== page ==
Nevertheless, this reactive identification remained mostly limited to the elaboration of discourse and political actions strictly geared to the French state in the French political context, although this kind of move has sometimes also been used on an organizational basis (like in the earlier Arab Workers Movement of the 1970s), or ideologically to strategically promote pan-Arabism. In the same vein, one self-identifying 26-year-old decolonial feminist of Tunisian Arab origin who grew up in Paris in a diverse working-class area, also explicitly distanced herself from pan-Arabism in solidarity with her non-Arab Maghrebian peers glocally. Among the respondents who self-identified ethnically as Arab, only 20-year-old Younes, who grew up in Lyon’s countryside with a father of Algerian Chaoui origin (an Amazigh ethno-linguistic group from the Aures region) and a White French mother, encouraged the systematic reactive endorsement of the labels assigned by the “White gaze,” regardless of locality, to oppose European imperialism. These two cases, projecting different ways of embracing Arabness, call for a closer examination of the influence of residential socialization (especially with regards to inter-minorities contacts and relations) on the formation of ethno-racial identifications and how they can be invested and projected politically. Nevertheless, in 2018 and beyond, on the organizational level, the embodiment of the racial category Arab seemed to be increasingly challenged among the younger generations of people with Maghrebian origins. Regardless of their ethnic identification, and even more so in feminist and queer spheres, they favored the term North African—already widely used from one shore of the Mediterranean to another by Indigenous communities outside this militant milieu—as well as the increasingly popular Pan-African projections.

Arab and Black racial identities being mutually exclusive in the French racial economy, the processes of subjectification of dark-skinned Amazigh and Arab individuals take a different path. This is best exemplified by the journeys of Zanouba, who is Sudanese Arab, and Safia, who is of Amazigh Moroccan origin.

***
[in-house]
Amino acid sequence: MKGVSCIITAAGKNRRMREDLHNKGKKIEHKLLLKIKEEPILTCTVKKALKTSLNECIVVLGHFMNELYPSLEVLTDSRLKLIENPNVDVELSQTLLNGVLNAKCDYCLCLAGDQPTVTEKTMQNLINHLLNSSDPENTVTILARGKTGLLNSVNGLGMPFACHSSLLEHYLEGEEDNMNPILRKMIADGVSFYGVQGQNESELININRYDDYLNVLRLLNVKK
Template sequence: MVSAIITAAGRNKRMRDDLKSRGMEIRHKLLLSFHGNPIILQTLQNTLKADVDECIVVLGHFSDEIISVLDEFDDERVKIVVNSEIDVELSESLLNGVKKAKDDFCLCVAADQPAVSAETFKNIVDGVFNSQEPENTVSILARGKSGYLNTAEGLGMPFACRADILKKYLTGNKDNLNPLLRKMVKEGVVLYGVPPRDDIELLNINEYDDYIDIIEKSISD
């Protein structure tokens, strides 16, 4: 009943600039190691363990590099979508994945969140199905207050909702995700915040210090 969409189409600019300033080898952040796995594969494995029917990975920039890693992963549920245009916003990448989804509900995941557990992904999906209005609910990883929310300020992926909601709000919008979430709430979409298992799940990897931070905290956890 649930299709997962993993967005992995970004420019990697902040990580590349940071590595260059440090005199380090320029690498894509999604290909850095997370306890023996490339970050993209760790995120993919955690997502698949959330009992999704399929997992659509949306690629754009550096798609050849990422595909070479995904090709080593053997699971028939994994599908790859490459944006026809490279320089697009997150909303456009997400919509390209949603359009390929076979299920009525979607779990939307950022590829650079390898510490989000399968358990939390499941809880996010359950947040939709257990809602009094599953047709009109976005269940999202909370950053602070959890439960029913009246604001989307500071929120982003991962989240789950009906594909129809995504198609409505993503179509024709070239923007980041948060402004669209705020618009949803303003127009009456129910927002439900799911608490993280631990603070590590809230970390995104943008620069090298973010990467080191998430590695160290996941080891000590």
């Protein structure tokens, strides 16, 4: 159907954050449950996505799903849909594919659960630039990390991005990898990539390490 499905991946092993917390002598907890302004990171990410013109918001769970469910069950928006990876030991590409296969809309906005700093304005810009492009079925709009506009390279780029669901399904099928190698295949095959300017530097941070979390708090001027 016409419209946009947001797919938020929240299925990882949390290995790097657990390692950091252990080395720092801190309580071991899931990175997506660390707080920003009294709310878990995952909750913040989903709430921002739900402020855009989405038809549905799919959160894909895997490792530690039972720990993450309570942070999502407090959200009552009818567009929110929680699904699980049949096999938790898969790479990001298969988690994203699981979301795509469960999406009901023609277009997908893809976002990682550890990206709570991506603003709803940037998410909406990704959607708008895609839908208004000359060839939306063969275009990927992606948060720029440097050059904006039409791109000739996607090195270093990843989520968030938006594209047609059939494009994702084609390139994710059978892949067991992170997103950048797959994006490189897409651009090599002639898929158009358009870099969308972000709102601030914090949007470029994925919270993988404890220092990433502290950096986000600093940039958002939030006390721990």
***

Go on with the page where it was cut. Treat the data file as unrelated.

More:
Becoming Black 

Born in France to Sudanese parents, Zanouba, 34, spent her childhood between Sudan and a neighboring North African country. In Sudan, she was a member of the Arab dominant social group. However, since she has settled in France, outside her homeland community, she is exclusively read as Black, and often reduced to being a “Black woman who speaks Arabic” among North Africans. These conflicting translations in France and Africa led Zanouba to reorient her activism on her Blackness in France, and to describe her militant stance as that of an “African woman organizing against French colonial power.” While she may not claim her Arabness at the organizational level in France, Zanouba takes the recognition of her Arab ethnicity at the intra-community level as a responsibility to ensure no depoliticization of her positionality in Sudan. At the same time, she sees claiming her Blackness on both sides of the Mediterranean as a way to subvert power relations in her home country.

Drawing on similar experiences of translation and her specific marginalization within the Maghrebian community as a Black Amazigh, 23-year-old Safia, born and socialized in the Paris region, also chose to organize primarily with the Black diaspora in France. However, in our sample, at the time of the interviews, individuals born of so-called “mixed unions” did not emphasize the primacy of their Black identity in the way they politically organize in the French context.

Both Camélia, 25, of Chaoui Algerian and Afro-Guyanese descent, and Ezra, 29, of Afro-Guyanese and Sephardic Tunisian descent—who on a daily basis is either racialized as Arab, Antillais, or even Indian—claimed the labels Black and Caribbean as much as North African, or Arab in the case of Camélia and Maghrebian in Ezra’s.[4] In their accounts, it is both their phenotypic ambiguity and experiences of Arabophobia/Islamophobia that seem to have led them to assert this dual belonging. Conversely, in Zanouba’s account, it is because of her experience of anti-Blackness and a phenotype where “Africanness is more visible,” as she puts it, that she can claim to be “Afro”-feminist in militant transactions in France, despite the slave-owning past and racial supremacy exercised by her social group of origin in Sudan, unlike light-skinned North Africans. In the economy of French minority identifications, the particle “Afro” seemed in 2018 to be intended on this scene as the strict equivalent of the substantive noir, as derived from the racialist theories developed by European scientific positivism, in order to unite paths marked by the experience of anti-Blackness.

Thus, at the height of the controversy around the CNN report on slavery in Libya, although many Black activists expressed their desire for activists of North African origin to assert their African identity, none of the activists went so far as to add the particle “Afro” to non-Black North Africans. Although they come from very different ethnic, cultural, and socio-demographic backgrounds, all the respondents whose lives have been affected by the experience of anti-Blackness identified themselves as Black. They also all embrace pan-African ideologies. However, the way in which these identifications translate into community political allegiance in France remains a matter that differs by subjectivity.